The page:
ICC WC 2015: Elton Chigumbura sees positives in South Africa defeat
Zimbabwe captain Elton Chigumbura believed his team could take some positives from a 62-run defeat by a formidable South Africa in their World Cup opener, where a costly final five overs in the field proved crucial.
His attack conceded a whopping 96 runs in the last five overs with Solomon Mire going for 30 in the 47th over as David Miller (138 not out) and JP Duminy (115 not out) lifted South Africa from a struggling 83 for to a total of 339 for after they were sent into bat at Hamilton`s Seddon Park on Sunday.
Miller and Duminy shared a new one-day international record stand for the fifth wicket of 256.
"The way we played there were a lot of positives," said Chigumbura. "I thought we were in the game for a long time, maybe we lost it the last five overs of the game, maybe batting and bowling, especially bowling.
"I think, the 47th over, that`s where we gave away too many runs that went away."
Zimbabwe were making good progress at 191 for two, with Hamilton Masakadza (80) and Chamu Chibhabha (64) adding 105, before they lost their last eight wickets for just 86 runs.
"I think the way we started we were going on well," said Chigumbura. "We didn`t lose too many wickets.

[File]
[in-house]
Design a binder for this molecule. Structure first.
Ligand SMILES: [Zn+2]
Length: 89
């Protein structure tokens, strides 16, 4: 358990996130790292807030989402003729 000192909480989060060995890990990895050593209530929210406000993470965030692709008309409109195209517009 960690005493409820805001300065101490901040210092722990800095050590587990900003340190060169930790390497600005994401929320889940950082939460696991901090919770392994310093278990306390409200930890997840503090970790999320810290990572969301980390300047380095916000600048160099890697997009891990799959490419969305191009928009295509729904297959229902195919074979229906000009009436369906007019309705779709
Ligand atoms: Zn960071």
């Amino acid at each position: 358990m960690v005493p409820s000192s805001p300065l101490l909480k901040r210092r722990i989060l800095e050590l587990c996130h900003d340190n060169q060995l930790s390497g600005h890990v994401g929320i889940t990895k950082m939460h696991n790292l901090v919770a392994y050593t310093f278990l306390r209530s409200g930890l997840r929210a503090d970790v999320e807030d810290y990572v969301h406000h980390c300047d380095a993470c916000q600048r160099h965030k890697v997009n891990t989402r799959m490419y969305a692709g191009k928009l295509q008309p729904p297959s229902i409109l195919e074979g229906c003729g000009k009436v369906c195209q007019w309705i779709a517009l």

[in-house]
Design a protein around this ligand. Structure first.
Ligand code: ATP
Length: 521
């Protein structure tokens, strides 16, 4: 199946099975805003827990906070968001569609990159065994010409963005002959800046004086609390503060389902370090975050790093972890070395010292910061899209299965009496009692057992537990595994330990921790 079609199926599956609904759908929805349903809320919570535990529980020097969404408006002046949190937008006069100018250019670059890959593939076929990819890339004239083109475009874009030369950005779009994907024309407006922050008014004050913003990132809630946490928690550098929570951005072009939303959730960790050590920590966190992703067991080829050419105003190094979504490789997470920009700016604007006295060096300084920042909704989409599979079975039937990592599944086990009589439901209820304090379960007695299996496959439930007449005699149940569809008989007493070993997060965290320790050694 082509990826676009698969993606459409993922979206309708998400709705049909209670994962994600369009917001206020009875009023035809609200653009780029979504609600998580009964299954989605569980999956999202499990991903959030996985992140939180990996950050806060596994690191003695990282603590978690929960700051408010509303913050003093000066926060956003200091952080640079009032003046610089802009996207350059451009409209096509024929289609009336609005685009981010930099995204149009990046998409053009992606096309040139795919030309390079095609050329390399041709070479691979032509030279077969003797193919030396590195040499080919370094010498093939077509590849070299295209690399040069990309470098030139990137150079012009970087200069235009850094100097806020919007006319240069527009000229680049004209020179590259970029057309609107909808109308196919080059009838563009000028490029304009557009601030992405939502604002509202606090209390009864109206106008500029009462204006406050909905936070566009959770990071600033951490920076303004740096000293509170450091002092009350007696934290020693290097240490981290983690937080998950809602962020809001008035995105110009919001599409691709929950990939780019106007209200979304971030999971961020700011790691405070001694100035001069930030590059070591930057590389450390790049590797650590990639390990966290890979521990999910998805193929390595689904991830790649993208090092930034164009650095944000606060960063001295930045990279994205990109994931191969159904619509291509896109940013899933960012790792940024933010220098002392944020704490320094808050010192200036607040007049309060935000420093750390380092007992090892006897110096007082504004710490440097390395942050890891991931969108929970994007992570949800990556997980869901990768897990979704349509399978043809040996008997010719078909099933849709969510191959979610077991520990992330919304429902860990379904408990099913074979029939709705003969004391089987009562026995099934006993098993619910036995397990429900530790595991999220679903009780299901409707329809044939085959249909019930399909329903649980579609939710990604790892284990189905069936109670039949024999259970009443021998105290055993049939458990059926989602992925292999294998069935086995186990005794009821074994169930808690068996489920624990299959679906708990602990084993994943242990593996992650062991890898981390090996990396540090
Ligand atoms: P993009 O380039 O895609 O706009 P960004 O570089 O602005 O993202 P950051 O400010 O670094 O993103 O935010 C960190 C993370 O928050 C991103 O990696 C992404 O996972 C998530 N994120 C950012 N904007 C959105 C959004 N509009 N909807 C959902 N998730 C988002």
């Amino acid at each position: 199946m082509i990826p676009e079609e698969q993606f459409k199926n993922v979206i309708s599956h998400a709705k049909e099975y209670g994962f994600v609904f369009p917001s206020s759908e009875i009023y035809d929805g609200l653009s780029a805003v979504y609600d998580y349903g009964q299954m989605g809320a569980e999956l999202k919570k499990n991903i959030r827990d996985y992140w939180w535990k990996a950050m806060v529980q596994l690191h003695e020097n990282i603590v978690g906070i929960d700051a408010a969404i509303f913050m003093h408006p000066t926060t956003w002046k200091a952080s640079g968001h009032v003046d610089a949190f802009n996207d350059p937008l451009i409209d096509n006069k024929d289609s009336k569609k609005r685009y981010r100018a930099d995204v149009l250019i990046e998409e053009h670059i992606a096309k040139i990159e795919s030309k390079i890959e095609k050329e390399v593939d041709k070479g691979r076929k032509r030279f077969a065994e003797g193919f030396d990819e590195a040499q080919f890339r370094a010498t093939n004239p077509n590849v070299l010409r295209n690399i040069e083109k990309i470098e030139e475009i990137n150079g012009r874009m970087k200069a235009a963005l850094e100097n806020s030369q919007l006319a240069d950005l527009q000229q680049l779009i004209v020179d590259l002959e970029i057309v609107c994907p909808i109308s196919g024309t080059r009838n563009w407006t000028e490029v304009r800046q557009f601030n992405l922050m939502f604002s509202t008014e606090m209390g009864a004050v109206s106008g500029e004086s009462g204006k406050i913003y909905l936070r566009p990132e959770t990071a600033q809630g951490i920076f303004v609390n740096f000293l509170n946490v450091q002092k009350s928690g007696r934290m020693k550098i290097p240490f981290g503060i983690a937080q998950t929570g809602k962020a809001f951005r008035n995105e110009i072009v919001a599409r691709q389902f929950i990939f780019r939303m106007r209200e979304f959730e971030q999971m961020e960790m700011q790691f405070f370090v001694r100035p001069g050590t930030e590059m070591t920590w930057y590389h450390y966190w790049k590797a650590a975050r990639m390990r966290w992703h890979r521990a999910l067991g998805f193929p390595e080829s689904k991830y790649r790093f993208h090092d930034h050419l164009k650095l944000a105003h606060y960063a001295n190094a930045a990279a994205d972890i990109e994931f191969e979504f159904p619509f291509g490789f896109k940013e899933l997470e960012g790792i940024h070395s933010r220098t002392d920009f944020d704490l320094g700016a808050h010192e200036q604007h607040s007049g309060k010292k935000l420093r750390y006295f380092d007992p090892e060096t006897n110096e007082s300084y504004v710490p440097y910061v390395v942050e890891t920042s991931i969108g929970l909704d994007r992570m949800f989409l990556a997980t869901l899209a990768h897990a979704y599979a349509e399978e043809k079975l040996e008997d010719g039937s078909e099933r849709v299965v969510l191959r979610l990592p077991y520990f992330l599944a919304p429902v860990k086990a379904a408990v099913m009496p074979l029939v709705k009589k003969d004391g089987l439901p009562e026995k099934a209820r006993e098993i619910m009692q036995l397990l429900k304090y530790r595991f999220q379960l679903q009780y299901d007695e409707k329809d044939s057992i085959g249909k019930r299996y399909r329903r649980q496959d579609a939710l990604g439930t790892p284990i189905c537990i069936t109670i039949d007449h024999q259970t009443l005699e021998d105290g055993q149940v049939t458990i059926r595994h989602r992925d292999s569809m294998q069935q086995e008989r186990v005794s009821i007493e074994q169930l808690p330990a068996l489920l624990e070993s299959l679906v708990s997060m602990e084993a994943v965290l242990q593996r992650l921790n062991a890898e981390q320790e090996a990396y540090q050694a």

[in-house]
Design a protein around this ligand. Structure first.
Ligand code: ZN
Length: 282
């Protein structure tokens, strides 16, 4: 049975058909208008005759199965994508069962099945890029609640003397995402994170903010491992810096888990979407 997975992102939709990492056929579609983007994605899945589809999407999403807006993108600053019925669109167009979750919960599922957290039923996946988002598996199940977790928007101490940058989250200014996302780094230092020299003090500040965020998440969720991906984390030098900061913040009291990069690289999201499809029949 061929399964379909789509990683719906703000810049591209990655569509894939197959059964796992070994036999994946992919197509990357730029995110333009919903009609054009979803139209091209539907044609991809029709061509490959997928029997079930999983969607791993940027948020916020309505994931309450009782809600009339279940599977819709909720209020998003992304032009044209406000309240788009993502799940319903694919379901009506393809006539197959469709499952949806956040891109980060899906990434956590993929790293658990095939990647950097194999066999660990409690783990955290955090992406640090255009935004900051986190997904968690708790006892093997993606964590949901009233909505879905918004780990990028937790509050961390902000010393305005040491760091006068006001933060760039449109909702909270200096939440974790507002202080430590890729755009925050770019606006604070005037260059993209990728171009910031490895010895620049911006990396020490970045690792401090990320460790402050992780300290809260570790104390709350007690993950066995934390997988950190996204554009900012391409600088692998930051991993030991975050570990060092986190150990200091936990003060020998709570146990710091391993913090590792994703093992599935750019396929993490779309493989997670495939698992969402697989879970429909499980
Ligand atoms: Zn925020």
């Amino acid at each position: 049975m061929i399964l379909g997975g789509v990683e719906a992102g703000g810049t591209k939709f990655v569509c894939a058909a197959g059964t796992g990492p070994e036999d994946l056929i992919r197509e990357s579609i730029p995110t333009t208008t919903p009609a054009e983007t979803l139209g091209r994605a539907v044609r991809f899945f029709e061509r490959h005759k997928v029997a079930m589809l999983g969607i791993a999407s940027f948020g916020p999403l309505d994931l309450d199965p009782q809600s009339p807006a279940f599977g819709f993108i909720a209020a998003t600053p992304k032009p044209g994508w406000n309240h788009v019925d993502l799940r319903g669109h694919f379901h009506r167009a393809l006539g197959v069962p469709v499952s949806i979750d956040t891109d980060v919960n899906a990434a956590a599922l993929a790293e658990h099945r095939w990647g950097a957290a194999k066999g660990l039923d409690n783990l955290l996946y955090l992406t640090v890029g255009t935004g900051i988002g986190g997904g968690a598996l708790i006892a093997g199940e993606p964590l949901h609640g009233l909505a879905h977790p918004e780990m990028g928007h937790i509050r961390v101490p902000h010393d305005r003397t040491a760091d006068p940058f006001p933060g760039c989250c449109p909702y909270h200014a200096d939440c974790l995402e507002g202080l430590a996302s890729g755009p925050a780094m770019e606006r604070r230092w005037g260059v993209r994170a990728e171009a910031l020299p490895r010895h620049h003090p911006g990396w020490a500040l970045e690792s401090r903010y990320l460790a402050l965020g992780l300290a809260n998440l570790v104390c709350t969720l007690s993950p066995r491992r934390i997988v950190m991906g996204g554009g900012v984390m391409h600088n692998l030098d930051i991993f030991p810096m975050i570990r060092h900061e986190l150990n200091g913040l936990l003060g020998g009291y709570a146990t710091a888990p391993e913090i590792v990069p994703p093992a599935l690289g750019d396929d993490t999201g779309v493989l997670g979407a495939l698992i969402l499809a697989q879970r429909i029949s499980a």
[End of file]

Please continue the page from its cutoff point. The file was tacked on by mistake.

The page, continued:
"The partnership between Masakadza and Chibhabha put us in the game.
"And it`s unfortunate they went out the wrong times. We had wickets in hand the last 15 overs, but obviously we ended up losing two wickets in the powerplay. Then from there on, the pressure was on us."
Chigumbura admitted South Africa were the better side on the day.
"We wanted to be positive. But whether bowling, batting, even in our fielding, overall everyone was afraid, and obvious, like I said yesterday, that the team that plays good cricket on the day wins the game, and I thought South Africa at the end of the day played better cricket than us."
But Chigumbura said Zimbabwe had solid grounds for optimism heading into their next game, against the West Indies in Canberra on February 24.
"I think it`s just a matter of carrying the form into the next game, so that you can try to finish off obviously chasing bigger scores, you have to find the best strategy to chase it down," he said.
"So, yeah, the next game if we are to chase another bigger score, we can change one or two things."